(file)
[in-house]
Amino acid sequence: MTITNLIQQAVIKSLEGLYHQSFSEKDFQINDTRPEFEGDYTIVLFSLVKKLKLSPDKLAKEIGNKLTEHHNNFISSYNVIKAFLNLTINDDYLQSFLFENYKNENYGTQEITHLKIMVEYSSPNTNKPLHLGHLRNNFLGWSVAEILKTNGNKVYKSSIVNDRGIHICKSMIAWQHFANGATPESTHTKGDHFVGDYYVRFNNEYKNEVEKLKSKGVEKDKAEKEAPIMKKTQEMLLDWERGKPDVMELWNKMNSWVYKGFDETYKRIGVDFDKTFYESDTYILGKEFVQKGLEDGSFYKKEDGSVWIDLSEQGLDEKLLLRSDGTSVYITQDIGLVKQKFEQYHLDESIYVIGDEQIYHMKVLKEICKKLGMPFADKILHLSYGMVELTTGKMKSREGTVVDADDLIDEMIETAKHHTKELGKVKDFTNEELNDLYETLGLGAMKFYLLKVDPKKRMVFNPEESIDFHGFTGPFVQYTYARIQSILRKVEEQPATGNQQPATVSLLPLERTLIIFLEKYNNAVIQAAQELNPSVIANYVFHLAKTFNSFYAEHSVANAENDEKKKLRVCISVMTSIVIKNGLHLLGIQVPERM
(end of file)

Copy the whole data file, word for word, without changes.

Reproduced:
[in-house]
Amino acid sequence: MTITNLIQQAVIKSLEGLYHQSFSEKDFQINDTRPEFEGDYTIVLFSLVKKLKLSPDKLAKEIGNKLTEHHNNFISSYNVIKAFLNLTINDDYLQSFLFENYKNENYGTQEITHLKIMVEYSSPNTNKPLHLGHLRNNFLGWSVAEILKTNGNKVYKSSIVNDRGIHICKSMIAWQHFANGATPESTHTKGDHFVGDYYVRFNNEYKNEVEKLKSKGVEKDKAEKEAPIMKKTQEMLLDWERGKPDVMELWNKMNSWVYKGFDETYKRIGVDFDKTFYESDTYILGKEFVQKGLEDGSFYKKEDGSVWIDLSEQGLDEKLLLRSDGTSVYITQDIGLVKQKFEQYHLDESIYVIGDEQIYHMKVLKEICKKLGMPFADKILHLSYGMVELTTGKMKSREGTVVDADDLIDEMIETAKHHTKELGKVKDFTNEELNDLYETLGLGAMKFYLLKVDPKKRMVFNPEESIDFHGFTGPFVQYTYARIQSILRKVEEQPATGNQQPATVSLLPLERTLIIFLEKYNNAVIQAAQELNPSVIANYVFHLAKTFNSFYAEHSVANAENDEKKKLRVCISVMTSIVIKNGLHLLGIQVPERM